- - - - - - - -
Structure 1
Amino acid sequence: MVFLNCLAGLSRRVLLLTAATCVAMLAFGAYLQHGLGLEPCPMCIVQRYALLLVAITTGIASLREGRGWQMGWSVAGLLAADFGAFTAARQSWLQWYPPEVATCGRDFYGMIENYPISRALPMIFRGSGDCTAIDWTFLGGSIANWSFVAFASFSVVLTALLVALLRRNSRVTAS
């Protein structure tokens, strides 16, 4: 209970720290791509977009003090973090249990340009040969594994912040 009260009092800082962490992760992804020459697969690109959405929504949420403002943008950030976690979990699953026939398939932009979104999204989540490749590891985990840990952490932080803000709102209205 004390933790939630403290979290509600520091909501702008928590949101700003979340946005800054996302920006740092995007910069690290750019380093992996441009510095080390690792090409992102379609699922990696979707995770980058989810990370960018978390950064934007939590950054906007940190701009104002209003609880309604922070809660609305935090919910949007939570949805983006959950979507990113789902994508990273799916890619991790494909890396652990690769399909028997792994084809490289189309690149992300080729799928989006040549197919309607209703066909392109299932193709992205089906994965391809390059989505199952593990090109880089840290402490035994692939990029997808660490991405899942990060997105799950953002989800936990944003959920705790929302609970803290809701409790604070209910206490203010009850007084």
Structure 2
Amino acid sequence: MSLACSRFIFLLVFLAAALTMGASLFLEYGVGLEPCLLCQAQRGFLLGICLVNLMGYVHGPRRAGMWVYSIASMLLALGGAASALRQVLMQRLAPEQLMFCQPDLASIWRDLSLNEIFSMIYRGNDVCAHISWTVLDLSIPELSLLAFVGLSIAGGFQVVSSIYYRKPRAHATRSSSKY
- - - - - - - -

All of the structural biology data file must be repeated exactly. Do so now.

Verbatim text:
Structure 1
Amino acid sequence: MVFLNCLAGLSRRVLLLTAATCVAMLAFGAYLQHGLGLEPCPMCIVQRYALLLVAITTGIASLREGRGWQMGWSVAGLLAADFGAFTAARQSWLQWYPPEVATCGRDFYGMIENYPISRALPMIFRGSGDCTAIDWTFLGGSIANWSFVAFASFSVVLTALLVALLRRNSRVTAS
């Protein structure tokens, strides 16, 4: 209970720290791509977009003090973090249990340009040969594994912040 009260009092800082962490992760992804020459697969690109959405929504949420403002943008950030976690979990699953026939398939932009979104999204989540490749590891985990840990952490932080803000709102209205 004390933790939630403290979290509600520091909501702008928590949101700003979340946005800054996302920006740092995007910069690290750019380093992996441009510095080390690792090409992102379609699922990696979707995770980058989810990370960018978390950064934007939590950054906007940190701009104002209003609880309604922070809660609305935090919910949007939570949805983006959950979507990113789902994508990273799916890619991790494909890396652990690769399909028997792994084809490289189309690149992300080729799928989006040549197919309607209703066909392109299932193709992205089906994965391809390059989505199952593990090109880089840290402490035994692939990029997808660490991405899942990060997105799950953002989800936990944003959920705790929302609970803290809701409790604070209910206490203010009850007084």
Structure 2
Amino acid sequence: MSLACSRFIFLLVFLAAALTMGASLFLEYGVGLEPCLLCQAQRGFLLGICLVNLMGYVHGPRRAGMWVYSIASMLLALGGAASALRQVLMQRLAPEQLMFCQPDLASIWRDLSLNEIFSMIYRGNDVCAHISWTVLDLSIPELSLLAFVGLSIAGGFQVVSSIYYRKPRAHATRSSSKY